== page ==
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Unformatted text preview: ε = 1, and choosing n 1 so that x 1 > s1. We then deﬁne n k recursively. We know that s remains as the supremum of the set { x n }\{ x 1 ,...,x n k1 } . We use ε = 1 /k and choose n k so that x n k > s1 /k . It follows trivially that n k is an increasing sequence. Moreover, by construction, we have that  sx n k  = sx n k < 1 /k , from which it is now standard to see that x n k → s . 2. Let { x n } be a Cauchy sequence such that x n is an integer for every n ∈ N . Show that { x n } is ultimately constant. That is, there is an M ∈ N and a c ∈ R so that x n = c for all n ≥ M . We apply the deﬁnition of Cauchy with ε = 1 / 2. Then, there is an M ∈ N so that  x nx m  < 1 / 2 , if n,m ≥ M. But for two integers, we can only have this if x n = x m . Thus, we see that x n ≡ c for all n ≥ M . 1...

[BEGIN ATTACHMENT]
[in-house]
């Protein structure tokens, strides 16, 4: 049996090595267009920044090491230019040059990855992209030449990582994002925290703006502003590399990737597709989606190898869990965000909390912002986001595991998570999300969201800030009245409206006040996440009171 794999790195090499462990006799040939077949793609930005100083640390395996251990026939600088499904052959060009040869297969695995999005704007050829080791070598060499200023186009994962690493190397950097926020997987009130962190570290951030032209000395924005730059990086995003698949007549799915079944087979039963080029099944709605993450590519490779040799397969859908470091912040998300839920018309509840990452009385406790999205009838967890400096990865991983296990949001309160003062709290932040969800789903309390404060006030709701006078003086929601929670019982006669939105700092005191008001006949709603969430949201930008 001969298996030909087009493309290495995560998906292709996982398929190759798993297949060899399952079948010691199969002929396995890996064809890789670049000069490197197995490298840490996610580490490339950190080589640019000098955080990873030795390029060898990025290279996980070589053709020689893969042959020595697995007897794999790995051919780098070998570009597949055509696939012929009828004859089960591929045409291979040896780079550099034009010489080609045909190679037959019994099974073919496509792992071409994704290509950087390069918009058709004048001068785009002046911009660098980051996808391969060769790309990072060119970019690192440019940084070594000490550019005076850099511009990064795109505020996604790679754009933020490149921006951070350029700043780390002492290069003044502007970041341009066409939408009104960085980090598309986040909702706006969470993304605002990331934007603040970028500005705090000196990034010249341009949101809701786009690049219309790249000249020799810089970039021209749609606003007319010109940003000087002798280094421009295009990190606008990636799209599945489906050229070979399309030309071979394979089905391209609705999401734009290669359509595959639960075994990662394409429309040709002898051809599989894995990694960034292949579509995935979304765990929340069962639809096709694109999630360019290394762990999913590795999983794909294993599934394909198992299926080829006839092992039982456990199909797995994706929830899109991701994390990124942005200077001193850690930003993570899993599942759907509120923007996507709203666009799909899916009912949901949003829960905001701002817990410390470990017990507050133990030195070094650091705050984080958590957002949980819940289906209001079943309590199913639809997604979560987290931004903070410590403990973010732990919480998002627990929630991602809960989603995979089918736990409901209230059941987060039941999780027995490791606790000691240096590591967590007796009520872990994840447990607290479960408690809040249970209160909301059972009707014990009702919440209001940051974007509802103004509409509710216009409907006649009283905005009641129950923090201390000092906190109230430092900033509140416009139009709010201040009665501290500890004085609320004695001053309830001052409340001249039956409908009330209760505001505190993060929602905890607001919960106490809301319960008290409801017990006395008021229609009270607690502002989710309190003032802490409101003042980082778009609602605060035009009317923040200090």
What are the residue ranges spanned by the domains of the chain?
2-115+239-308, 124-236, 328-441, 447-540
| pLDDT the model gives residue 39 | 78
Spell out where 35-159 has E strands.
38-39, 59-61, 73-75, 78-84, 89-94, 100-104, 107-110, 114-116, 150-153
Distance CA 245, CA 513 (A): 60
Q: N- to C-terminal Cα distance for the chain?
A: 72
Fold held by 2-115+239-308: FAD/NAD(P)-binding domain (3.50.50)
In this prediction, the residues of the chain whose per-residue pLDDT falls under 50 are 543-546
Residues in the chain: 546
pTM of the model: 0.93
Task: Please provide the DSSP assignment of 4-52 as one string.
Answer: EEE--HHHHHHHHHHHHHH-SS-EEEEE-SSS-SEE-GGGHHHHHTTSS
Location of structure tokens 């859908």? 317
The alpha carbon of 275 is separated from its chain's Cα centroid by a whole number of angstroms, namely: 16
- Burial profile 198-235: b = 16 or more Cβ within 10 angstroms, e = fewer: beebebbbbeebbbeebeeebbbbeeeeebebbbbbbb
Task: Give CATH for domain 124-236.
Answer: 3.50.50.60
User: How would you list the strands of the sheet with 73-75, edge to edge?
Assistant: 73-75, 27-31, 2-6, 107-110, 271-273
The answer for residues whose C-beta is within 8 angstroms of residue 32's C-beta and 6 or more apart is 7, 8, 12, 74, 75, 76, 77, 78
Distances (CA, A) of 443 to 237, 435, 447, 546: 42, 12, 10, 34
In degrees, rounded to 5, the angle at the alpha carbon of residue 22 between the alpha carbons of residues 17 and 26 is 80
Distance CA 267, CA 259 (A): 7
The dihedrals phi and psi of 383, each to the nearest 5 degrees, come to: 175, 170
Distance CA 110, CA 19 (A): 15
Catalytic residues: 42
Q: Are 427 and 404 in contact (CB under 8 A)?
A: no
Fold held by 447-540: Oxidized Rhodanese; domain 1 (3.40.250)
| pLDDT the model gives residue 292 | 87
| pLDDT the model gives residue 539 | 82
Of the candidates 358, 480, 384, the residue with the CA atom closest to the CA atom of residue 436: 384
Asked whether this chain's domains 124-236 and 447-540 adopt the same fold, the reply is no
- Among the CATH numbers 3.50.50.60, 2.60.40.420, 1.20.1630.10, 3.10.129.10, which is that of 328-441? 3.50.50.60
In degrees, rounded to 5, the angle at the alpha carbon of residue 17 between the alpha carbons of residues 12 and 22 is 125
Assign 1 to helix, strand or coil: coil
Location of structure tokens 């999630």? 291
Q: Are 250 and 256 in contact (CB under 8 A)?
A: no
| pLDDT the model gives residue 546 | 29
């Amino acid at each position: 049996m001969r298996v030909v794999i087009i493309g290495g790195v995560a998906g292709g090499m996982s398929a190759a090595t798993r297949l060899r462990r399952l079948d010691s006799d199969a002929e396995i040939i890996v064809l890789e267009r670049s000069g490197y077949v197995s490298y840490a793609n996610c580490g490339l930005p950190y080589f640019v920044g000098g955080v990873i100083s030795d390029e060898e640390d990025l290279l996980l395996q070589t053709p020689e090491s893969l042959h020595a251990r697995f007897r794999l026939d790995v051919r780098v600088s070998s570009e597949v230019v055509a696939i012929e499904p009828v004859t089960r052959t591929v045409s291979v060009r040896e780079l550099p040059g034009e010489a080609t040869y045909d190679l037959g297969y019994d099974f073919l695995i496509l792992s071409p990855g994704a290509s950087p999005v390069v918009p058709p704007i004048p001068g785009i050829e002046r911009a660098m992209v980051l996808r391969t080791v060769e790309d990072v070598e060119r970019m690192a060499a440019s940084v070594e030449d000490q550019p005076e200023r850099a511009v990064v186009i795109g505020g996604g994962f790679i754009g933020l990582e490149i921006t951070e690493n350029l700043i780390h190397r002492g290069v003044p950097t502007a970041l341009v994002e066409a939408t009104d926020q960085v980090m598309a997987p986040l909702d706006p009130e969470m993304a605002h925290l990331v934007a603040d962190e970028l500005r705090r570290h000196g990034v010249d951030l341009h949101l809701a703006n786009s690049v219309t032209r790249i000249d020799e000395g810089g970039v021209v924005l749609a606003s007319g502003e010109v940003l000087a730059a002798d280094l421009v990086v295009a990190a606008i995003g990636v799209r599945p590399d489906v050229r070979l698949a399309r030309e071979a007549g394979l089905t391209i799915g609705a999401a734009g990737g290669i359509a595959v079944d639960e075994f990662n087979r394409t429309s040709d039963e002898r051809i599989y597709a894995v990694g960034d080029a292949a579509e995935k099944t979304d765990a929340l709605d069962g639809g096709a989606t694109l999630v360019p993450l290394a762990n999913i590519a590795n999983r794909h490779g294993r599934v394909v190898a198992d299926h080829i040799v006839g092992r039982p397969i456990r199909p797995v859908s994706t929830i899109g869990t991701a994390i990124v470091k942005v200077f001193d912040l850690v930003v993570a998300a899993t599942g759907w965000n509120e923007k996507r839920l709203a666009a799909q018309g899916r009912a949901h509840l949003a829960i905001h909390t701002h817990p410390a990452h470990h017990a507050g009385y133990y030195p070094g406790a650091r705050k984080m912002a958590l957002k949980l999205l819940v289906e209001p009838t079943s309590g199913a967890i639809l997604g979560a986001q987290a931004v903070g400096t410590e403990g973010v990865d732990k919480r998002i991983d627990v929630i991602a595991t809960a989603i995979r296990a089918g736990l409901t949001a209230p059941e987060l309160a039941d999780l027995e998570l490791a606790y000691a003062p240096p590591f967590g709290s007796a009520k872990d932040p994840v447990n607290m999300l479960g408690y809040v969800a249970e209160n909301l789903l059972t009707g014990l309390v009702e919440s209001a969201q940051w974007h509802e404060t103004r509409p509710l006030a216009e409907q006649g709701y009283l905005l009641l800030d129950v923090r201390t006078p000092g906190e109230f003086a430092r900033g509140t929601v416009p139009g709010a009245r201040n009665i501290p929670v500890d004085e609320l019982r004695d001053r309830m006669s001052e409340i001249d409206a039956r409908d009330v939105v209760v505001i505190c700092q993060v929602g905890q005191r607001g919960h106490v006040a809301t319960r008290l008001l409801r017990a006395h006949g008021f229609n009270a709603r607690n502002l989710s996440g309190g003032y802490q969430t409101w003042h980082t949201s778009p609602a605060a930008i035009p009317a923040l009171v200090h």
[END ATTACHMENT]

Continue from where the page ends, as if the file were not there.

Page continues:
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This note was uploaded on 07/15/2010 for the course MATH 521 taught by Professor Metcalfe during the Spring '10 term at University of North Carolina Wilmington.
 Spring '10
 MetCalfe
 Calculus

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